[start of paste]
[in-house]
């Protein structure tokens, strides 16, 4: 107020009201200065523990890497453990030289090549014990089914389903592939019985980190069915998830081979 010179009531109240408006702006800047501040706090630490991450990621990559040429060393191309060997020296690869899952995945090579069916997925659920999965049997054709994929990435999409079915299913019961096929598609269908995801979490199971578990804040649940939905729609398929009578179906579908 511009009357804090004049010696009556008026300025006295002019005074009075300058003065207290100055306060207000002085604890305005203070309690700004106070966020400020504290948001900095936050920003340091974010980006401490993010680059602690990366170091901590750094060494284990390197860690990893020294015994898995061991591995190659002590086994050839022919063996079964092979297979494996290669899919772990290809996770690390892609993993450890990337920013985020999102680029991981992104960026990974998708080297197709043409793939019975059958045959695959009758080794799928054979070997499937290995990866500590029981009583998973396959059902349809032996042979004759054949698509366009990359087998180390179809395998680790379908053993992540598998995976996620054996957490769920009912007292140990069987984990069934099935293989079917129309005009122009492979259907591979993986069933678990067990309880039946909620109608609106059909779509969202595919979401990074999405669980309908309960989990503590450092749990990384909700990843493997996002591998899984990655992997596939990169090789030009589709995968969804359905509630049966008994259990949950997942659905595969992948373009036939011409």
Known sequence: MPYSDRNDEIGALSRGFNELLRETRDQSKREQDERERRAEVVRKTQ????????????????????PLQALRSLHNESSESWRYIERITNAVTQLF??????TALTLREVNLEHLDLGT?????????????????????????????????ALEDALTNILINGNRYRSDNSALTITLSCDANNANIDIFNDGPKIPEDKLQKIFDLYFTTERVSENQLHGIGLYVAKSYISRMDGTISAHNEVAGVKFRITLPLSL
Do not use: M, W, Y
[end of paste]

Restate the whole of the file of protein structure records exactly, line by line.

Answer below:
[in-house]
């Protein structure tokens, strides 16, 4: 107020009201200065523990890497453990030289090549014990089914389903592939019985980190069915998830081979 010179009531109240408006702006800047501040706090630490991450990621990559040429060393191309060997020296690869899952995945090579069916997925659920999965049997054709994929990435999409079915299913019961096929598609269908995801979490199971578990804040649940939905729609398929009578179906579908 511009009357804090004049010696009556008026300025006295002019005074009075300058003065207290100055306060207000002085604890305005203070309690700004106070966020400020504290948001900095936050920003340091974010980006401490993010680059602690990366170091901590750094060494284990390197860690990893020294015994898995061991591995190659002590086994050839022919063996079964092979297979494996290669899919772990290809996770690390892609993993450890990337920013985020999102680029991981992104960026990974998708080297197709043409793939019975059958045959695959009758080794799928054979070997499937290995990866500590029981009583998973396959059902349809032996042979004759054949698509366009990359087998180390179809395998680790379908053993992540598998995976996620054996957490769920009912007292140990069987984990069934099935293989079917129309005009122009492979259907591979993986069933678990067990309880039946909620109608609106059909779509969202595919979401990074999405669980309908309960989990503590450092749990990384909700990843493997996002591998899984990655992997596939990169090789030009589709995968969804359905509630049966008994259990949950997942659905595969992948373009036939011409």
Known sequence: MPYSDRNDEIGALSRGFNELLRETRDQSKREQDERERRAEVVRKTQ????????????????????PLQALRSLHNESSESWRYIERITNAVTQLF??????TALTLREVNLEHLDLGT?????????????????????????????????ALEDALTNILINGNRYRSDNSALTITLSCDANNANIDIFNDGPKIPEDKLQKIFDLYFTTERVSENQLHGIGLYVAKSYISRMDGTISAHNEVAGVKFRITLPLSL
Do not use: M, W, Y